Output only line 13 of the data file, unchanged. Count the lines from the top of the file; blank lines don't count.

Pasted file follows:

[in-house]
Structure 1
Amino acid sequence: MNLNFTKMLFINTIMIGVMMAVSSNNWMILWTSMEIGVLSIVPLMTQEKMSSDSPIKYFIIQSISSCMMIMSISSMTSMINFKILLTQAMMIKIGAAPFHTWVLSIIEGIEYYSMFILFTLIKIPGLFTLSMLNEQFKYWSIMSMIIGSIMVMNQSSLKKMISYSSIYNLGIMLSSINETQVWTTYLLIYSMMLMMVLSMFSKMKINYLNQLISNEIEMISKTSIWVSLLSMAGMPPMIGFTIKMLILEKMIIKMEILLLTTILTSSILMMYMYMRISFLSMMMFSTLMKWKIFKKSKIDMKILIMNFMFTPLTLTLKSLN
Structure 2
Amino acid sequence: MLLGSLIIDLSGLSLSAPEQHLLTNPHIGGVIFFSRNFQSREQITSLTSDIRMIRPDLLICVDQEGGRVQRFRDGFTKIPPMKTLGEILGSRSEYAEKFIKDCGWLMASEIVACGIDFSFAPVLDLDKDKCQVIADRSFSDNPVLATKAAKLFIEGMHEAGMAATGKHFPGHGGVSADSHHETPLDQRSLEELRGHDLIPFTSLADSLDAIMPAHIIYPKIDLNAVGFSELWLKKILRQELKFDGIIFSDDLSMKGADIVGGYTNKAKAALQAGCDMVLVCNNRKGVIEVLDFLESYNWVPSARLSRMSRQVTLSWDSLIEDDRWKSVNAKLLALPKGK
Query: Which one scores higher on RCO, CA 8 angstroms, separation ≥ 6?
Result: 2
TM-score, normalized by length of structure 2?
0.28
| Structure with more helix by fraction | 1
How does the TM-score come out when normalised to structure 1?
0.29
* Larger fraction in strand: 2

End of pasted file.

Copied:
* Larger fraction in strand: 2